Mourning the Nightingale’s Song: The Audibility of Networked Performances in Protests and Funerals of the Arab Revolutions

  • Shayna Silverstein Northwestern University

Abstract

Since the disintegration of Syrian society in 2011, my ethnographic methods have substantively adapted towards digital media and social networking and away from in-situ fieldwork. In the course of making this understandable shift, I have grown more attentive to the role of sound in sustaining a feeling of "being there" and how a particular sense of place emerges despite or perhaps due to the hybridity of lives, on/offline and in/out of Syria. This article considers the relationship between the real and digital mediation as mutually constitutive and attends to how sonic mediations amplify such intermediality; it is arguably through the affective politics of recorded sound that I, and others, am able to sustain the presence of connection, however networked, decentered, and partial. Yet the challenge in thinking about the intermedial relations of sound is not only the privilege afforded image in the representational economy—of violence in particular—but also how these mediations affect structures of feeling that are vital to global civic engagement and the narratives that sustain engagement. This paper traces my participation in the formation of particular narratives, their divergences and convergences, among networked publics in the five years since the Syrian uprising to ask whether and how mediated sound engages us more deeply and intimately in intermedial acts of world-making.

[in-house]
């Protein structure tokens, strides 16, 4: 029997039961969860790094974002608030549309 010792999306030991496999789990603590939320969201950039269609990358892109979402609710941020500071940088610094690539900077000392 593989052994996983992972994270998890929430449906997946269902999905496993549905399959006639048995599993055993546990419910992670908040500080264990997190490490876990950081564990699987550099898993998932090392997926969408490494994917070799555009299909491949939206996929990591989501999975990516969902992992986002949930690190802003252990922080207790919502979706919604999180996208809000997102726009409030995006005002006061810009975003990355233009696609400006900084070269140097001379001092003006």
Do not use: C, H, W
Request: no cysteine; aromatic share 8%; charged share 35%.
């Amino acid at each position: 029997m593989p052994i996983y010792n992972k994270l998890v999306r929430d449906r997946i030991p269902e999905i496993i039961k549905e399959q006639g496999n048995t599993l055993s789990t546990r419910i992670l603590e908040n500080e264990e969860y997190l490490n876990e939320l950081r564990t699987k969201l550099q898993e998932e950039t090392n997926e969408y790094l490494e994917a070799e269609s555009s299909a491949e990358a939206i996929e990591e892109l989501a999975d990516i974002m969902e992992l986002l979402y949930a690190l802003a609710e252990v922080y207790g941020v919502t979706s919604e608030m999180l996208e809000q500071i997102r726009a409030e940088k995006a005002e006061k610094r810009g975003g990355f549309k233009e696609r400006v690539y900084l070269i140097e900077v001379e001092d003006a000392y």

Author Biography

Shayna Silverstein, Northwestern University

Shayna M. Silverstein is assistant professor in the School of Communication at Northwestern University. Her research examines the politics and aesthetics of sound and movement in the contemporary Middle East and her current book project, an analysis of the politics and ethos of movement (ḥarake in Syrian Arabic), argues that Syrian dabke, a popular dance music suffused with cultural memory and nationhood, has paradoxically contributed to social fragmentation throughout and leading up to the Syrian conflict.

Published
2021-01-30
Section
Ethics of Performance and Scholarship